A Child’s Desktop
I am back home after a great week with the family in Thailand. Quite relaxing. Four days in Chiang Mai and two nights in Phuket. As a result of being away, I am late posting this month’s wallpaper. So here is a special treat. Since everyone fawned over Jessie’s Cup picture, you can have it on your desktop this month. You know how it works. Click the image then download the linked file.
Watching Jessie this week has inspired me. She is approaching photography with a spirit I have lost or at least misplaced. Photography hasn’t become a “job” for me in that the joy is gone, but it has become very serious. I push myself to be better and better, and tell myself whether something is a good or bad shot before I even take it. Jessie takes a different approach; one of just plain fun and experimentation. She take the camera and shoots and shoots and shoots. True, she needs to slow down and think about composition and what it is she is doing with the camera in her hands. But then again, maybe she doesn’t, maybe I need to relax and let go and shoot with more childlike abandonment? She sees something creative in a coffee cup and a wooden floor or in a lamp shade from beneath and takes it before she analyzes it. I would do a thorough once over of the shot, analyze it, then I might take it. We adults loose the “play” of life at times. Jessie is inclined to say, “Look! That looks fun.” Rather than, “That wont work.” She almost always sees the possibilities rather than the limitations. Maybe part of this is she doesn’t know what the camera can or cannot do yet. So the possibilities are endless, at least for a while. The beginners mind asks, “I wonder if I can do this?” When do “grown ups” loose this wonderment? Is it just me? Garr Reynolds writes in his book Presentation Zen, “Making a mistake is not the same thing as being creative, but if you are not willing to make mistakes then it is impossible to be truly creative.” Are we afraid to fail? Jessie isn’t. I think I am. Children are taught to limit mistakes, learn from the mistakes of others. We are told, “Don’t do it that way, it wont work. This way is better.” There is some wisdom in that, certainly it is cost effective. But like all things, it needs to be taught in moderation. Instead of saying, “Don’t do it that way,” we as instructors and mentors need to say, “Ok, do it that way and then lets see the difference when you do it this way.” We need to encourage mistakes and experimentation so we can compare and learn by doing. Isn’t that a type of inductive learning?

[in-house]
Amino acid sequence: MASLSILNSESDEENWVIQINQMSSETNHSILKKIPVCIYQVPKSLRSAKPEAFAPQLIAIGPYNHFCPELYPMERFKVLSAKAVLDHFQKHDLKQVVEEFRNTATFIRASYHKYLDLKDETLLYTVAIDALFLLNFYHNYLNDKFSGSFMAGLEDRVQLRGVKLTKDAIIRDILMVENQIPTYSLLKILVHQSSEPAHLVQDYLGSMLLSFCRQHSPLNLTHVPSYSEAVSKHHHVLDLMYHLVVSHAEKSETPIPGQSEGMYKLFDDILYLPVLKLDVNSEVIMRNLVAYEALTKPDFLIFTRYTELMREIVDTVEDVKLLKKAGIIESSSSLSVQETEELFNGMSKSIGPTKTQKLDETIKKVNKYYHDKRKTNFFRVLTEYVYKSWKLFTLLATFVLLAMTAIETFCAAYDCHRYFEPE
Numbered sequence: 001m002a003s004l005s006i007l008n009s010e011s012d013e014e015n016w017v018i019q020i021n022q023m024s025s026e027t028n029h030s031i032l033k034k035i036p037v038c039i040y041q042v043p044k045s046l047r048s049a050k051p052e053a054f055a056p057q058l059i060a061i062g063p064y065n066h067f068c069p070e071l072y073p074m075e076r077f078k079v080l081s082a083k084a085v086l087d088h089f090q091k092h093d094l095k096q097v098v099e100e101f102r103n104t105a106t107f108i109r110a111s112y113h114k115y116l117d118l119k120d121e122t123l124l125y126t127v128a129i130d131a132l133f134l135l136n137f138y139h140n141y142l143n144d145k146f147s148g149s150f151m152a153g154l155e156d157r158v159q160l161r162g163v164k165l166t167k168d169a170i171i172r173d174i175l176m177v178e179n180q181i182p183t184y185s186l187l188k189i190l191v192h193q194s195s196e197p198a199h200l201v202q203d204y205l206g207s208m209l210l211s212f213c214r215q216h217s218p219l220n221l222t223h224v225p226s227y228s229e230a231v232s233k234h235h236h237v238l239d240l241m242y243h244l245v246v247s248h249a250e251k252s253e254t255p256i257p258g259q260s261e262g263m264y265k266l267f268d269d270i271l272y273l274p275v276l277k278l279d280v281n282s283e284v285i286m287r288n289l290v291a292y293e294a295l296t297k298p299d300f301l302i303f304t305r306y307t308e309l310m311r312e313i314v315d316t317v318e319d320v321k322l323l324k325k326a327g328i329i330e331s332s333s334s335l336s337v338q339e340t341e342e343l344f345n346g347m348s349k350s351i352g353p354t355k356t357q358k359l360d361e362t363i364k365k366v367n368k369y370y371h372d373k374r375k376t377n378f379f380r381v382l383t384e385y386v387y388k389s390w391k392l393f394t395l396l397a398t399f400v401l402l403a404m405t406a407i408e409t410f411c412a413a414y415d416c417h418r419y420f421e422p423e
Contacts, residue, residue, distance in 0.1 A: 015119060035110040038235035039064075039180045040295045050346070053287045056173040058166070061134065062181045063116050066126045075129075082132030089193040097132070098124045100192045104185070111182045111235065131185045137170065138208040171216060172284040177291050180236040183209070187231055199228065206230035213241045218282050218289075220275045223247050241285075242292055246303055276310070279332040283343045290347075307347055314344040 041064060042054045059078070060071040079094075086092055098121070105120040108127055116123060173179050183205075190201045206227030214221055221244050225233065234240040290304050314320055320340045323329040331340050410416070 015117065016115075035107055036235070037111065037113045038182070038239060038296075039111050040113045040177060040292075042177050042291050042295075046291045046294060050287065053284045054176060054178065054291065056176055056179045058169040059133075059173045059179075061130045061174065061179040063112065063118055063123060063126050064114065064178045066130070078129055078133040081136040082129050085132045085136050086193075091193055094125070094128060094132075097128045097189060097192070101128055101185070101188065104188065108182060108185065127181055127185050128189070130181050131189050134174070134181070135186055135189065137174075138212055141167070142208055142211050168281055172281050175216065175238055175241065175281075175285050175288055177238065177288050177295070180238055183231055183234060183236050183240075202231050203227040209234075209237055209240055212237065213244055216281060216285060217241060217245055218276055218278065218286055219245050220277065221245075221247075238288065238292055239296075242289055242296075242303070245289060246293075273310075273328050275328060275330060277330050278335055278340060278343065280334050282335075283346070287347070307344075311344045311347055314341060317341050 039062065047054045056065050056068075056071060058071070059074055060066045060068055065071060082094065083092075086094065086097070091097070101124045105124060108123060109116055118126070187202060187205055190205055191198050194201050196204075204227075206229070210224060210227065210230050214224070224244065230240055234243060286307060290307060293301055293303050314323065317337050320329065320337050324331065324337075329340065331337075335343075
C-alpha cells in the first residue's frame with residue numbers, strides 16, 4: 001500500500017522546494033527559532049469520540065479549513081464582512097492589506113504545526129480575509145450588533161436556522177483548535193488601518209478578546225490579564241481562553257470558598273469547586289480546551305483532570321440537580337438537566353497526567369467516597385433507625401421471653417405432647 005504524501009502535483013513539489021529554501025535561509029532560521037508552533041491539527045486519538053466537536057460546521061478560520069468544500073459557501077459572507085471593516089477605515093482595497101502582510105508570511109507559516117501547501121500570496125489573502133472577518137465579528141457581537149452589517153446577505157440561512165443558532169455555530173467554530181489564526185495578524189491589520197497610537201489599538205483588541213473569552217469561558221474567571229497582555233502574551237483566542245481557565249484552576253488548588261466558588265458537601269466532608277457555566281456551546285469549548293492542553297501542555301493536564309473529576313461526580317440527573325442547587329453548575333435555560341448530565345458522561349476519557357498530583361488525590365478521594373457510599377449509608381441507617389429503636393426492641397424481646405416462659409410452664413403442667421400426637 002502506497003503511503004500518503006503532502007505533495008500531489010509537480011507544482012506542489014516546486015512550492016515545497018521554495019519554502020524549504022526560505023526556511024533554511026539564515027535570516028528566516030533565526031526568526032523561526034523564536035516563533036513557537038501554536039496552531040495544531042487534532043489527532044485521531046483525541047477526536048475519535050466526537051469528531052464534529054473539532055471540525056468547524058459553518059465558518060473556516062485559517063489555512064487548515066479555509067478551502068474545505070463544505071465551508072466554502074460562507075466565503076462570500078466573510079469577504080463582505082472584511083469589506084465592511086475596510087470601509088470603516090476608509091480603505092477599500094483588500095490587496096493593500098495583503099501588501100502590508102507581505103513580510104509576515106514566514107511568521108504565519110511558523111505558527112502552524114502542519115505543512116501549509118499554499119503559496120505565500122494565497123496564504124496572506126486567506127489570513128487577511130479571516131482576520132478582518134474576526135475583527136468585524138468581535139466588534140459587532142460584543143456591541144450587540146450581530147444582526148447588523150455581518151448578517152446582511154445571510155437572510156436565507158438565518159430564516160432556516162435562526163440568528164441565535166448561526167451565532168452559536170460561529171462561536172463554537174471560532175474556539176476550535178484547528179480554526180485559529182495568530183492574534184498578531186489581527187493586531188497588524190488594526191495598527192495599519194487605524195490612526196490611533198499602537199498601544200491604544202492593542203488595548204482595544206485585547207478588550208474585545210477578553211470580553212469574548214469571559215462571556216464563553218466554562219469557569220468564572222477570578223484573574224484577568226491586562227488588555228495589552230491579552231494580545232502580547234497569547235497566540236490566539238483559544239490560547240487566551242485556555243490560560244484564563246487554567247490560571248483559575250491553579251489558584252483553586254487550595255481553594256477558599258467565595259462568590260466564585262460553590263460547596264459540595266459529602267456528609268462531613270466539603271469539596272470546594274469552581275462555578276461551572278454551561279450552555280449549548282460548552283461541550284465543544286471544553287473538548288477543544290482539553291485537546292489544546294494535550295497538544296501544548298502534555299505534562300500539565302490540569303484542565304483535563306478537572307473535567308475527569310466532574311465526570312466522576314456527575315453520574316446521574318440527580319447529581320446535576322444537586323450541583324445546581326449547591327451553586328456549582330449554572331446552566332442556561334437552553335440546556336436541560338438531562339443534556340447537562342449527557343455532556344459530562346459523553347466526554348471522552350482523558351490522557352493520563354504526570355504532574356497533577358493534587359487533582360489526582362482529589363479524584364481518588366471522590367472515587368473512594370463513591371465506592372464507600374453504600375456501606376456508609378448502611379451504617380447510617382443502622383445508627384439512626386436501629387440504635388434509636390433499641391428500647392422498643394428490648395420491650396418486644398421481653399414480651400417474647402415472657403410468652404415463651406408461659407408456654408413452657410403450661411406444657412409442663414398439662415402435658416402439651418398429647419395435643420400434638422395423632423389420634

It used to be too expensive to fail. It just wasn’t practical. We were not made out of money, the cost of film, paper, the processing charges all made experimentation very expensive. But now, with most of that minimized, the cost is measured in other ways. Maybe to reputations? What will others think? But this is where we have to risk. Reynolds goes on to say, “A failure is in the past. It is done and over. In fact, it doesn’t exist. Take chances and stretch yourself.” I think I need to learn from Jess and let go and have fun. Try some fun new stuff. I need to shoot something less “Brandonesque”. Take some risks to my reputation. Want to join me?